Parents are robbed of choice over MMR jab
PARENTS will have no choice but to give their children the MMR jab after the world's only single mumps vaccine manufacturer stopped production, it was revealed yesterday.
Supplies of the single jab Mumpsvax ran dry earlier this year but Scottish clinics were assured that production by US firm Merck would resume in 2011. However, it emerged that Merck has stopped production permanently.
It is estimated that 2,500 Scottish children are at risk after their parents opted to pay for a course of single mumps, measles and rubella vaccines which they now cannot complete.
The only course of action now is the combined MMR vaccine, which was the subject of a scare linking it to autism and bowel disease, or to avoid mumps vaccination completely.
Dr Peter Copp, from Edinburgh private clinic GP-Plus,
said: "I have around 300 children who have started single vaccinations, but now can't complete the course due to the mumps vaccine running out.
"It is very disappointing, as Merck had been saying until recently that they would be resuming production of the vaccine, but have now changed their mind. This has put some parents in a very difficult position."
There were claims yesterday that Merck was put under pressure by the UK government to stop making Mumpsvax because it wants all parents to have the combined MMR jab.
Martha Cox, director of Wellcare, a nationwide network of private health clinics, said: "I don't think it's a coincidence that within a couple of days of Merck making their announcement, the NHS placed pro-MMR adverts in the newspapers.
"One can't help but feel that is not a coincidence and a lot of parents reading these articles also believe it is political."
She added: "We heard the news about Mumpsvax two weeks ago and we are in the process of notifying our parents.
"So far, it has been a mixed reaction but most feel a bit let down by the system. It is an awful dilemma they now have – to vaccinate their children or not.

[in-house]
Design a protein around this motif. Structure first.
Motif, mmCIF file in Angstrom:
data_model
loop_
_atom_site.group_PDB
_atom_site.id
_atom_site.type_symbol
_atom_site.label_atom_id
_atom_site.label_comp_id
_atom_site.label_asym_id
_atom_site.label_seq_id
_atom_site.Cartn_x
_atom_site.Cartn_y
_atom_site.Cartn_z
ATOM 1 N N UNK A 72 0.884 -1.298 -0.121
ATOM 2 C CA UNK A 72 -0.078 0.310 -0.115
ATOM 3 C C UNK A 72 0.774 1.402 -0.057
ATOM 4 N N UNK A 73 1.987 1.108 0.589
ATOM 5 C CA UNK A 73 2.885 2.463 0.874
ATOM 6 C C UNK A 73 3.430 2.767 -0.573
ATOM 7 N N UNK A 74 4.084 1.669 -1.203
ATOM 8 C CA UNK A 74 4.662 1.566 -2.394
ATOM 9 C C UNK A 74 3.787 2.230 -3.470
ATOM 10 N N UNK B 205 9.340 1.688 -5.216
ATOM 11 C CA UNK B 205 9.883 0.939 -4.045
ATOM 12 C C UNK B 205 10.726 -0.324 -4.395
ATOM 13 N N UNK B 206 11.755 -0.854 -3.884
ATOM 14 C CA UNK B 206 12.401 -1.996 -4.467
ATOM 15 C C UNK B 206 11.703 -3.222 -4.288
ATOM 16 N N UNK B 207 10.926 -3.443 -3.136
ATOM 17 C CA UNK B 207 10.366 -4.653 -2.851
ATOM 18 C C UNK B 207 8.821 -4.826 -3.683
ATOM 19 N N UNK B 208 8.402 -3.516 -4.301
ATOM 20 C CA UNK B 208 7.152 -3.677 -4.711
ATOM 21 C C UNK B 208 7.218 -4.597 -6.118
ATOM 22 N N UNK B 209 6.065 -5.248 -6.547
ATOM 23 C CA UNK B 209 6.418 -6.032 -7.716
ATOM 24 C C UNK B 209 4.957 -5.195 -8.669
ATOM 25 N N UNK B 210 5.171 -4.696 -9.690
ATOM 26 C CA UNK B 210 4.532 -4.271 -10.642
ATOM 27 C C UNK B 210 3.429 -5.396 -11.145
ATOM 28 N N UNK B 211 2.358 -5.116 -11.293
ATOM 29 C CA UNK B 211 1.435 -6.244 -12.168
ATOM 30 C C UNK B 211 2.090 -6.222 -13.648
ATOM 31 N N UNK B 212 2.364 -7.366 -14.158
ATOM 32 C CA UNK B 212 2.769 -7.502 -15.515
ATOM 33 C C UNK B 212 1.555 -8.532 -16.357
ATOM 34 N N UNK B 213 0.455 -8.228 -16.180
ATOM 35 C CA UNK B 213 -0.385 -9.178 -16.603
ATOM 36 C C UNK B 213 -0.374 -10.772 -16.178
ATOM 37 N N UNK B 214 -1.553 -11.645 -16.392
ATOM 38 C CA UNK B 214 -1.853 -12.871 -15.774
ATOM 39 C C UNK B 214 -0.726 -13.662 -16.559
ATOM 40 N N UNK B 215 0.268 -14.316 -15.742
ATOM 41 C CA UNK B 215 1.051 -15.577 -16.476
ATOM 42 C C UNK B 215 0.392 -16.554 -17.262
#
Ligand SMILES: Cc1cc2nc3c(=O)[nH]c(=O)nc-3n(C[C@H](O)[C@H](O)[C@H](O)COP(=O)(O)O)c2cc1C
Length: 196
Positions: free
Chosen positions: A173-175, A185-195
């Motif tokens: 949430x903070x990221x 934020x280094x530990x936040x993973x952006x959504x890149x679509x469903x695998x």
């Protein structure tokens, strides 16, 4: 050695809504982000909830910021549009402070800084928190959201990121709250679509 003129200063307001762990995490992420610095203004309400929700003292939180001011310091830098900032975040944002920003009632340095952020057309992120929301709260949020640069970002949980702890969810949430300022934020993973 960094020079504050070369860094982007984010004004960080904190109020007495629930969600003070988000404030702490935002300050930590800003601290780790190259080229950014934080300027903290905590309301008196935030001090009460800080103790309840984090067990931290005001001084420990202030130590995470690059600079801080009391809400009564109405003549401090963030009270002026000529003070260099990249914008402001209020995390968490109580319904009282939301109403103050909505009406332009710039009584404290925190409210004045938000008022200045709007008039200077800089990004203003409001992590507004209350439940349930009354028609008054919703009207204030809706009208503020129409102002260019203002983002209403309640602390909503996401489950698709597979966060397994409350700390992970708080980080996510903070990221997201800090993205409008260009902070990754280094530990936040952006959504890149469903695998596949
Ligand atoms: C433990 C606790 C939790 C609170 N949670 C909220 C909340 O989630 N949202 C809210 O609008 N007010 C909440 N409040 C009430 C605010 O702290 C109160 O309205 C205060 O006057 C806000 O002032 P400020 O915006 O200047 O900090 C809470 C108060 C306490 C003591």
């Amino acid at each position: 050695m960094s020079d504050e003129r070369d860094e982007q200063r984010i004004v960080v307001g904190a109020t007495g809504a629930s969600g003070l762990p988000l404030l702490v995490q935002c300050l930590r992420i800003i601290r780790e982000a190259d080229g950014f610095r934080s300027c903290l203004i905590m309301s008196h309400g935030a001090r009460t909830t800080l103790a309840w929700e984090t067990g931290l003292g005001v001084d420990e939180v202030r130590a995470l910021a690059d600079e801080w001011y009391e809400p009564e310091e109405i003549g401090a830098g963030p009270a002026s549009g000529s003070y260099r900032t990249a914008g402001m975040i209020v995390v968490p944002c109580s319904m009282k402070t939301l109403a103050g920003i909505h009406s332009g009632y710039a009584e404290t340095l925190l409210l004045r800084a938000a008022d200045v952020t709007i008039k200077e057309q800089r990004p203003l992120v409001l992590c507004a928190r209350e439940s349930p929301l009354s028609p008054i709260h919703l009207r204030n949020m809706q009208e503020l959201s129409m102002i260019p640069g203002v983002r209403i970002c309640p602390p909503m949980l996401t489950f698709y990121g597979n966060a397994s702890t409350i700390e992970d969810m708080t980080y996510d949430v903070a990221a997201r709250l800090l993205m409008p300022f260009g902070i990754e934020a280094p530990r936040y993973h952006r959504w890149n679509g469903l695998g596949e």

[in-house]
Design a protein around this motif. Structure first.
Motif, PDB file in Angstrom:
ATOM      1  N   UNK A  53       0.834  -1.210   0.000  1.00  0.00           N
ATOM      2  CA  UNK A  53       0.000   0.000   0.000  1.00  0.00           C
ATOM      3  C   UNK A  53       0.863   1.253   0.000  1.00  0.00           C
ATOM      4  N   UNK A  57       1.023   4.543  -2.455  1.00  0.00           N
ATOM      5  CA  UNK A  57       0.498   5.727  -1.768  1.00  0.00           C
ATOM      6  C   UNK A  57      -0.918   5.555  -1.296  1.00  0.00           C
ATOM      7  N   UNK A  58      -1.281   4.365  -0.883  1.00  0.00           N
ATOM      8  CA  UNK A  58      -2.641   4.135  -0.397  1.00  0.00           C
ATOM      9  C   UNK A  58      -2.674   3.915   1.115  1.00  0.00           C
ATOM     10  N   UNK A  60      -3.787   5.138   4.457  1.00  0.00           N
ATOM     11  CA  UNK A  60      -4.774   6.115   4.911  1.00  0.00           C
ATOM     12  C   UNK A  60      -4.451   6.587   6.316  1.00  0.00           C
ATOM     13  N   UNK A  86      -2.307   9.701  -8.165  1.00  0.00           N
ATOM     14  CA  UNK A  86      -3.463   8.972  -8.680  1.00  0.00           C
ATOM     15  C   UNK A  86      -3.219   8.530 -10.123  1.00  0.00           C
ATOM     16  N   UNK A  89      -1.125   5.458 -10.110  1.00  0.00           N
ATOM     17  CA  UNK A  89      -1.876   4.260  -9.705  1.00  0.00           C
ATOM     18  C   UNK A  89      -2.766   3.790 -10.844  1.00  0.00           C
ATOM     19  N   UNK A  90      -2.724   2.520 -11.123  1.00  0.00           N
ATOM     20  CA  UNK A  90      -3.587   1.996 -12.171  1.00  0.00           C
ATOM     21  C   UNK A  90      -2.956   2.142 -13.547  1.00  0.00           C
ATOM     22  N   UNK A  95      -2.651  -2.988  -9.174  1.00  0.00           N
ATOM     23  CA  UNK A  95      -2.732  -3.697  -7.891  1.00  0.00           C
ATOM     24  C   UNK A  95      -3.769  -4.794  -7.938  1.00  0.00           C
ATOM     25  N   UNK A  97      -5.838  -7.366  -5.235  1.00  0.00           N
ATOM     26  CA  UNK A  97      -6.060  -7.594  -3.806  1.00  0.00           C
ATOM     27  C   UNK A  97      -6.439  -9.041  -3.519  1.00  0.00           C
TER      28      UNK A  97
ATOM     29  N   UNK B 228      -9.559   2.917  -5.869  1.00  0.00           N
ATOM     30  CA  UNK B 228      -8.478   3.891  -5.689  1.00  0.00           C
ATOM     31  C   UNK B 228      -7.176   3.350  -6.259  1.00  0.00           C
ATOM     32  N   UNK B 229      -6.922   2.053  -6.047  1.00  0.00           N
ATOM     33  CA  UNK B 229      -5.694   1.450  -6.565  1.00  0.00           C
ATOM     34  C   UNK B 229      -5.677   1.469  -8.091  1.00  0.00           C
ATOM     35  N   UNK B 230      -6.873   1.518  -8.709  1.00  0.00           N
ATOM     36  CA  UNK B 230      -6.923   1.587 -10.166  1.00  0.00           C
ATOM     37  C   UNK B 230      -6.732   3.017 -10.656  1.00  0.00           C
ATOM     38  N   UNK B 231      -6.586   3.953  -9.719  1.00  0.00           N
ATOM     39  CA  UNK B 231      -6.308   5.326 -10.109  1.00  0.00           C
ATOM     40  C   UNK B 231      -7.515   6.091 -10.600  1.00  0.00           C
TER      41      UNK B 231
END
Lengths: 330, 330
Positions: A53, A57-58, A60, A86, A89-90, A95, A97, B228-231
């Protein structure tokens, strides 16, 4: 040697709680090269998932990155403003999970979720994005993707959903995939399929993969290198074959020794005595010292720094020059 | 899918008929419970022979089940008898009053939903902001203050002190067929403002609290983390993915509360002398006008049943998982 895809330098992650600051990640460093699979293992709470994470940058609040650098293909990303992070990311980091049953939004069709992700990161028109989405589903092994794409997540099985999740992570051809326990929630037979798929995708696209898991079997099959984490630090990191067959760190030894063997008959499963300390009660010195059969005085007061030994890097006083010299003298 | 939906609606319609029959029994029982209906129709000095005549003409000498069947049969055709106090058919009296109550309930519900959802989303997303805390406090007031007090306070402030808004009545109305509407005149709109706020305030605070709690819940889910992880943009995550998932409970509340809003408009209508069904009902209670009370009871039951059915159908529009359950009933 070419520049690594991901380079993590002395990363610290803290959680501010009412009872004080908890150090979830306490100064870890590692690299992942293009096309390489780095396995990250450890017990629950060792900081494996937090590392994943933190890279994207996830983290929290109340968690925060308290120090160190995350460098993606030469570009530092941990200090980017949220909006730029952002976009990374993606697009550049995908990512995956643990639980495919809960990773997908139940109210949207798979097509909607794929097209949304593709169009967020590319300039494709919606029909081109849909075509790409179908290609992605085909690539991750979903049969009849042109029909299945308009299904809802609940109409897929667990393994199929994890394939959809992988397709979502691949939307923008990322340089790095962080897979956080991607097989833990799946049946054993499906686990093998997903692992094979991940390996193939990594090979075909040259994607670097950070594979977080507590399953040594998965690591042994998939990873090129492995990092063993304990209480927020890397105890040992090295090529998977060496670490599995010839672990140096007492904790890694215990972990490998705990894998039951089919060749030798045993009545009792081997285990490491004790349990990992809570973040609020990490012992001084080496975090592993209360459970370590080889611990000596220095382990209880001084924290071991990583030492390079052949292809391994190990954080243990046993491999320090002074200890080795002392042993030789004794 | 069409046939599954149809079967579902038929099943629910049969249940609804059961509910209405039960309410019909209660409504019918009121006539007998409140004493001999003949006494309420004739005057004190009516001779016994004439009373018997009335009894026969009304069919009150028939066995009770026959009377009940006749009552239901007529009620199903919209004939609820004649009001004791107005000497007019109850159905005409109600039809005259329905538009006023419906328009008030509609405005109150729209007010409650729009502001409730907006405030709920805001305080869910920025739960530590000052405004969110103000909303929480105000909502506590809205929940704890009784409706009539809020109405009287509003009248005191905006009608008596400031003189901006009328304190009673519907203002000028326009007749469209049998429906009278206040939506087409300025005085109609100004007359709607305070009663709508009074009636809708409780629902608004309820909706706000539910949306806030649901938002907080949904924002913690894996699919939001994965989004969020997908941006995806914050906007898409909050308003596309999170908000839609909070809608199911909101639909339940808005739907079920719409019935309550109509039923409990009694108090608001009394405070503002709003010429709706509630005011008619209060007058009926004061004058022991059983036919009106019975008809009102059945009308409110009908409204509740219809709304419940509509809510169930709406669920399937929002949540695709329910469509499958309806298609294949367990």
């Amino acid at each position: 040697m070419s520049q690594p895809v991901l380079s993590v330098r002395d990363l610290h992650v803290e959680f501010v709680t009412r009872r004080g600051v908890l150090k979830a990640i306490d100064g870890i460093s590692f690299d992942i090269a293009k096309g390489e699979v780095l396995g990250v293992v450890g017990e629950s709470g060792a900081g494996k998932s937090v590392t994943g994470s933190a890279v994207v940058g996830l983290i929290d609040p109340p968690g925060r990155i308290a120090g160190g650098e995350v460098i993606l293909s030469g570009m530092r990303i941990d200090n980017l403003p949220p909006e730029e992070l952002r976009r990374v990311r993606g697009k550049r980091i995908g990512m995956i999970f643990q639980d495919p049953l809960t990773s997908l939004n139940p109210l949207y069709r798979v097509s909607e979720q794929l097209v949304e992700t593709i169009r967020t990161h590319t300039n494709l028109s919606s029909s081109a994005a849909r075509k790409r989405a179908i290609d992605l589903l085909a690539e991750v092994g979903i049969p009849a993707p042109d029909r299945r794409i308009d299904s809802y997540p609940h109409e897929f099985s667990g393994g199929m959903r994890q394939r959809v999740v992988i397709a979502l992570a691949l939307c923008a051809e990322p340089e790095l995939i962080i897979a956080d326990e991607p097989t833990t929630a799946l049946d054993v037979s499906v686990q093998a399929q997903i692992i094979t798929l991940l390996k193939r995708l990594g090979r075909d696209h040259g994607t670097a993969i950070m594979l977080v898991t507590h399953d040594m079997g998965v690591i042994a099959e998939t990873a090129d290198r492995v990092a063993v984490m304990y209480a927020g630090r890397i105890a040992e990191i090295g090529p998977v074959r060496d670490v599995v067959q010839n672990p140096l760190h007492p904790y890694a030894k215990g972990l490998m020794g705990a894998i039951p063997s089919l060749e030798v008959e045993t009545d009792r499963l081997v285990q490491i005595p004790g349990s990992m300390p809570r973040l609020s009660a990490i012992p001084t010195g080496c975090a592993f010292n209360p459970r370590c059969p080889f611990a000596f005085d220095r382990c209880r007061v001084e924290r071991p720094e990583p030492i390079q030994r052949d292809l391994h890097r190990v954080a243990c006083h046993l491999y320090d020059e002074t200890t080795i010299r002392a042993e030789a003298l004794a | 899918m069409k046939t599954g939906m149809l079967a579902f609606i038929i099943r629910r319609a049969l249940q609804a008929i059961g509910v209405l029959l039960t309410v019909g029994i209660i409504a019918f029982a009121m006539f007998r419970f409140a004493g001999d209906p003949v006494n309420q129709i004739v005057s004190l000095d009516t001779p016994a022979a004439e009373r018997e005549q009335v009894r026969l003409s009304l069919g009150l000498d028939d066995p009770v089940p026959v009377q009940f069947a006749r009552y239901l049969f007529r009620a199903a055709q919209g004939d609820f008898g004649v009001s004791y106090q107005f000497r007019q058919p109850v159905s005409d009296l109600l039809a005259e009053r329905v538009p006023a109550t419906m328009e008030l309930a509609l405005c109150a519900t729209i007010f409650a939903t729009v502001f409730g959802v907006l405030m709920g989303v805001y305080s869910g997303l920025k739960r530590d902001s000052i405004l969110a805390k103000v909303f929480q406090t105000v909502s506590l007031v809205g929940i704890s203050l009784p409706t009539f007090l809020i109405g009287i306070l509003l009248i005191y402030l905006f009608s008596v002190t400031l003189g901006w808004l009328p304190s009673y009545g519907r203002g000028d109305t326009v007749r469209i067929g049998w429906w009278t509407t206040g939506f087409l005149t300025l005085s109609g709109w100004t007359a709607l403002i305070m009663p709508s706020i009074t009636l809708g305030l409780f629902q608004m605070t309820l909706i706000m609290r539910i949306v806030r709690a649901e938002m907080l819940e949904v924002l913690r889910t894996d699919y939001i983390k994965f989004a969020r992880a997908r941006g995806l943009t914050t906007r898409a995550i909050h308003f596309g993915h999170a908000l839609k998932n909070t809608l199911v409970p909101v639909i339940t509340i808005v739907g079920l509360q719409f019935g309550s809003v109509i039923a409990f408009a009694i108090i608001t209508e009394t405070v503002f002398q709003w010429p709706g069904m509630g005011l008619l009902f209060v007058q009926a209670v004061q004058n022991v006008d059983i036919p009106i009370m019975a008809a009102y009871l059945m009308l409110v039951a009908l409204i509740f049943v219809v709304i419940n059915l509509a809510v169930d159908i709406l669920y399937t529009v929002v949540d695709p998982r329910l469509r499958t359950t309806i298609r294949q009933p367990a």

"Merck announced this summer they were going to resume production in 2011, and everybody took them at their word.
"It's very hard not to be cynical and think that this is a politically driven decision.
"If I had children at that age, my own personal view is that I would go for the single vaccinations rather than the MMR and not vaccinate against mumps."
Mrs Cox said her clinic estimated that there were 25,000 children across the UK who had started a course of single vaccinations which they now could not complete. That figure was about 2,500 for Scotland, she said.
Experts believe there is no risk associated with children getting the MMR jab after they have received a measles or rubella jab, but they must wait four weeks to avoid complications.
The combined jab for measles, mumps and rubella – given to babies for free from the age of 13 months – was approved in Britain in 1988, despite concerns about its side-effects.
Single vaccines for the diseases remained available free of charge on the NHS until 1997.
While there is still no conclusive evidence, a small number of independent studies appear to show that the triple jab could be linked with cases of autism and bowel disease. However, wider clinical trials have found no link between the MMR and autism or bowel disease.
In a statement posted on the Merck website, vice-president Dr Mark Feinberg claimed that the halt in production was "science-based".
He added: "There is no medical reason to administer the measles, mumps and rubella antigens separately, and guidelines do not support their use."
A UK Department of Health spokesman described as "rubbish" claims that they influenced Merck's decision to stop producing Mumpsvax, to force parents to choose MMR.
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